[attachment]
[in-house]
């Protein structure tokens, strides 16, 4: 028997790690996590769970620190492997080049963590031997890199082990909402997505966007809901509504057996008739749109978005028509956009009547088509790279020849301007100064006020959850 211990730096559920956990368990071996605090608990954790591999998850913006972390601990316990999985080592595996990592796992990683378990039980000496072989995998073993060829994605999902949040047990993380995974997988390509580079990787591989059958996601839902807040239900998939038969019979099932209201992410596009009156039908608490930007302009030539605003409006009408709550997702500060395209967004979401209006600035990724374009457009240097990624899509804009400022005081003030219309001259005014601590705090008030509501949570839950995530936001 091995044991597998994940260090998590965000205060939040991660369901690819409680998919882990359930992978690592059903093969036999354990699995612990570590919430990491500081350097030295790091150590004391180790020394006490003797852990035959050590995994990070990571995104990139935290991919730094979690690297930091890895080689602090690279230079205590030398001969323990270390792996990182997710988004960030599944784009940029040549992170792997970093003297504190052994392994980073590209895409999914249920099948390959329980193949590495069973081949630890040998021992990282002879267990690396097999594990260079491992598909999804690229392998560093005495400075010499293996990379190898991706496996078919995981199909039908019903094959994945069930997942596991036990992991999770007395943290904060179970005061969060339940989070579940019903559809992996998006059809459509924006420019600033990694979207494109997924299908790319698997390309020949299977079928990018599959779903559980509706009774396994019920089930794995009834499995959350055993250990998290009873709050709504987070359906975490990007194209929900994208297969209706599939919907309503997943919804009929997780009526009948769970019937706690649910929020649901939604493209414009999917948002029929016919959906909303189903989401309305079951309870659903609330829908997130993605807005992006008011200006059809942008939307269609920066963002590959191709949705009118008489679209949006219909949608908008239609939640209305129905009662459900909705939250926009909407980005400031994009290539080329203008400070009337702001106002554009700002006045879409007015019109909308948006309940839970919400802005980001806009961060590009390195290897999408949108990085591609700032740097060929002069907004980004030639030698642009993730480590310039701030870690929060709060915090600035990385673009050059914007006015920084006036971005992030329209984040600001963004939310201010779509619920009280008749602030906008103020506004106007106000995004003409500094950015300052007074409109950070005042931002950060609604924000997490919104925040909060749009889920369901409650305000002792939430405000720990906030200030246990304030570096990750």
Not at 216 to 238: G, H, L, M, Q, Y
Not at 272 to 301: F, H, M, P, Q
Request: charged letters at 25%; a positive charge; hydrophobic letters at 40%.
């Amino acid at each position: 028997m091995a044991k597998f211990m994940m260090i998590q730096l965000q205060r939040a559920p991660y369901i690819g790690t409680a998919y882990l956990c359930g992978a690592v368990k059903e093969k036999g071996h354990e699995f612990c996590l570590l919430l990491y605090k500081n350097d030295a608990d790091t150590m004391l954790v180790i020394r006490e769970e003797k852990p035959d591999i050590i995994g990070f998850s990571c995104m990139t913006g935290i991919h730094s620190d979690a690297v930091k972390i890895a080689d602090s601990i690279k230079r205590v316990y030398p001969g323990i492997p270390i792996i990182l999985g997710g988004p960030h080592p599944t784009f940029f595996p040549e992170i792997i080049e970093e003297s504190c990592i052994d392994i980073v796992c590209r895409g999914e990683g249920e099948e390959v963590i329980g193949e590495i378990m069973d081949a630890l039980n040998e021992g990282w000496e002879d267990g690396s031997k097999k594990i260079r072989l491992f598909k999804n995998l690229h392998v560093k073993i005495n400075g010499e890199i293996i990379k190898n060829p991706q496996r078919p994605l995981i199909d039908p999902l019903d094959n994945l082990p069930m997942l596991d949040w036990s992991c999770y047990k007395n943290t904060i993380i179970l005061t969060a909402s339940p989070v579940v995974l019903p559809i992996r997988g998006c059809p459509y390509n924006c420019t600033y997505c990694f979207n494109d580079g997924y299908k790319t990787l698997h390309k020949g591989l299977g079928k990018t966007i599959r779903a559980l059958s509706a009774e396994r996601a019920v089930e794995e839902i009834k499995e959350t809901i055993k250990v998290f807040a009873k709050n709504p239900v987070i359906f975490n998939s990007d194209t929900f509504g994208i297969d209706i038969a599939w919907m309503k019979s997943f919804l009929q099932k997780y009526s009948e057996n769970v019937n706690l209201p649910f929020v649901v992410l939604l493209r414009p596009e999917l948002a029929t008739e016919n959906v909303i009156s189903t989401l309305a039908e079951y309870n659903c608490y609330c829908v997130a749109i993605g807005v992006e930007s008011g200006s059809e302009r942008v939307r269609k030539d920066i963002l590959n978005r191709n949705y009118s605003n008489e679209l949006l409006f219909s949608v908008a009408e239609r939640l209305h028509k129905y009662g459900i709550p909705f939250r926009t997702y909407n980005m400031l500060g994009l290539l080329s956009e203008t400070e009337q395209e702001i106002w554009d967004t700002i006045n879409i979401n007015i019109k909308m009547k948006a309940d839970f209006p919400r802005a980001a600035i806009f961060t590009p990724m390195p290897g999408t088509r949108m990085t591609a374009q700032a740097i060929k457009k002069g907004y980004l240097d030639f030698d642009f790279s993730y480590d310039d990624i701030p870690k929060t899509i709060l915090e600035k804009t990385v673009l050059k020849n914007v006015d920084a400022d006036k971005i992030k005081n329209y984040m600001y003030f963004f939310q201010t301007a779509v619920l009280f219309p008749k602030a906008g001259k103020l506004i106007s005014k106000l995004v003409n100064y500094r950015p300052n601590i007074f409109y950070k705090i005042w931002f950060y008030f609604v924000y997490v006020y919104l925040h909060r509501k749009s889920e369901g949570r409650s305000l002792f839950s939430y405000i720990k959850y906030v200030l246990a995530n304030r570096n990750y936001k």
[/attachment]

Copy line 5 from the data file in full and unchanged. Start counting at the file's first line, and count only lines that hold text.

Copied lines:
Request: charged letters at 25%; a positive charge; hydrophobic letters at 40%.